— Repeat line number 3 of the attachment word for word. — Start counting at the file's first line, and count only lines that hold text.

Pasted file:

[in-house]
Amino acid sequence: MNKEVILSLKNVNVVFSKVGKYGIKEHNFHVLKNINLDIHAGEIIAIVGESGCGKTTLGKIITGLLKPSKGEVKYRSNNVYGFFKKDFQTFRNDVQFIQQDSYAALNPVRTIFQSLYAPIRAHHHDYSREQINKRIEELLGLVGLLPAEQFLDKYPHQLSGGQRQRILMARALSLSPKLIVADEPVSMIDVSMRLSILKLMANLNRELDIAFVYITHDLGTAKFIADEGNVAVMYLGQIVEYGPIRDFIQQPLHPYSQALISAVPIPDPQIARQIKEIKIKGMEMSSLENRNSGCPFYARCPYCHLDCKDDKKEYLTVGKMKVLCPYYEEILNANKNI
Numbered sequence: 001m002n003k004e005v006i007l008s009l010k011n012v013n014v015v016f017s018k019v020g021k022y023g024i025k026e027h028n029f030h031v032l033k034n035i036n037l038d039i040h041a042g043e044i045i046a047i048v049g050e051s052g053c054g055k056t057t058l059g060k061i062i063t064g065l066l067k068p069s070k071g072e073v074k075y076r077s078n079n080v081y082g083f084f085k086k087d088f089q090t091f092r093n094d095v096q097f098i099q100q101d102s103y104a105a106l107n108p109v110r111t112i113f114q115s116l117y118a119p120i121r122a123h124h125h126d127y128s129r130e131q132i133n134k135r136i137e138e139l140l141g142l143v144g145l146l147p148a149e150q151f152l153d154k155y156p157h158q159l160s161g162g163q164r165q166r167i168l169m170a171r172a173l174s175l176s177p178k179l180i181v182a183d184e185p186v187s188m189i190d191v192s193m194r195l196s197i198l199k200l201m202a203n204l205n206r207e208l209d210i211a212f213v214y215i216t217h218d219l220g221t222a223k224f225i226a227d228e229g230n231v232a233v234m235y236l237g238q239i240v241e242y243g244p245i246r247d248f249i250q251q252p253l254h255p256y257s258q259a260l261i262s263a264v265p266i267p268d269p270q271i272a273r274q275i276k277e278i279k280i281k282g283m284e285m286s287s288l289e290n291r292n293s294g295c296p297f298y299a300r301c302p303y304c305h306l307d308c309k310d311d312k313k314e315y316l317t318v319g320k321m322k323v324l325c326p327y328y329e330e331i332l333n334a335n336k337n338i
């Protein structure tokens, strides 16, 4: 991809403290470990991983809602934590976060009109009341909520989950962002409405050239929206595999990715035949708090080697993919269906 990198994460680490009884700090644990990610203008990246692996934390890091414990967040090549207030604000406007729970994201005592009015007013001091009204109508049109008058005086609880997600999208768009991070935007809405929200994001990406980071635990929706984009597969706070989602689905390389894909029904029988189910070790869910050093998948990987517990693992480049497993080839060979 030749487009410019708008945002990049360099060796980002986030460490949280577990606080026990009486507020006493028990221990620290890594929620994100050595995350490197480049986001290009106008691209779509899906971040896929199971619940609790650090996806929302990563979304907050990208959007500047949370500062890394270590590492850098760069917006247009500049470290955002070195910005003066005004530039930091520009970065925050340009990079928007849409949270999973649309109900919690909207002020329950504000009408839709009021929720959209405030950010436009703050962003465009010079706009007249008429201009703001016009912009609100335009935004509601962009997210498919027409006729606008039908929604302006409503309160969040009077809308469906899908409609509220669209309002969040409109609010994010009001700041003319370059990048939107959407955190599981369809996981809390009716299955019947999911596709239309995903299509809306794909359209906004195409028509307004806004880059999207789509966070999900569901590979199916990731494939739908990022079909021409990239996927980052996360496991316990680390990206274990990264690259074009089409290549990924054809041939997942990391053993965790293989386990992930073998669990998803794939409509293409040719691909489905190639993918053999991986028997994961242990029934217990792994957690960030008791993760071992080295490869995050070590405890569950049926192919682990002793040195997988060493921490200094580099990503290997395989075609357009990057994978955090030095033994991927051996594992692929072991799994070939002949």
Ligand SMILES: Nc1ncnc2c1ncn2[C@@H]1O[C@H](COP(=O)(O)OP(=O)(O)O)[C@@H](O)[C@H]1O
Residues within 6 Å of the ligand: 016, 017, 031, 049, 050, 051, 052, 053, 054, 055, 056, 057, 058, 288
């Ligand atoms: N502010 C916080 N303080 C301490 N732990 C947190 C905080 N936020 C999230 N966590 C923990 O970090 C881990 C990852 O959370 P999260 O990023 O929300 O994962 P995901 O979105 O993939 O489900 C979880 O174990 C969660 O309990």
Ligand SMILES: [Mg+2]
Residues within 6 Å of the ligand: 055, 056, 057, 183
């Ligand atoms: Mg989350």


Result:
Numbered sequence: 001m002n003k004e005v006i007l008s009l010k011n012v013n014v015v016f017s018k019v020g021k022y023g024i025k026e027h028n029f030h031v032l033k034n035i036n037l038d039i040h041a042g043e044i045i046a047i048v049g050e051s052g053c054g055k056t057t058l059g060k061i062i063t064g065l066l067k068p069s070k071g072e073v074k075y076r077s078n079n080v081y082g083f084f085k086k087d088f089q090t091f092r093n094d095v096q097f098i099q100q101d102s103y104a105a106l107n108p109v110r111t112i113f114q115s116l117y118a119p120i121r122a123h124h125h126d127y128s129r130e131q132i133n134k135r136i137e138e139l140l141g142l143v144g145l146l147p148a149e150q151f152l153d154k155y156p157h158q159l160s161g162g163q164r165q166r167i168l169m170a171r172a173l174s175l176s177p178k179l180i181v182a183d184e185p186v187s188m189i190d191v192s193m194r195l196s197i198l199k200l201m202a203n204l205n206r207e208l209d210i211a212f213v214y215i216t217h218d219l220g221t222a223k224f225i226a227d228e229g230n231v232a233v234m235y236l237g238q239i240v241e242y243g244p245i246r247d248f249i250q251q252p253l254h255p256y257s258q259a260l261i262s263a264v265p266i267p268d269p270q271i272a273r274q275i276k277e278i279k280i281k282g283m284e285m286s287s288l289e290n291r292n293s294g295c296p297f298y299a300r301c302p303y304c305h306l307d308c309k310d311d312k313k314e315y316l317t318v319g320k321m322k323v324l325c326p327y328y329e330e331i332l333n334a335n336k337n338i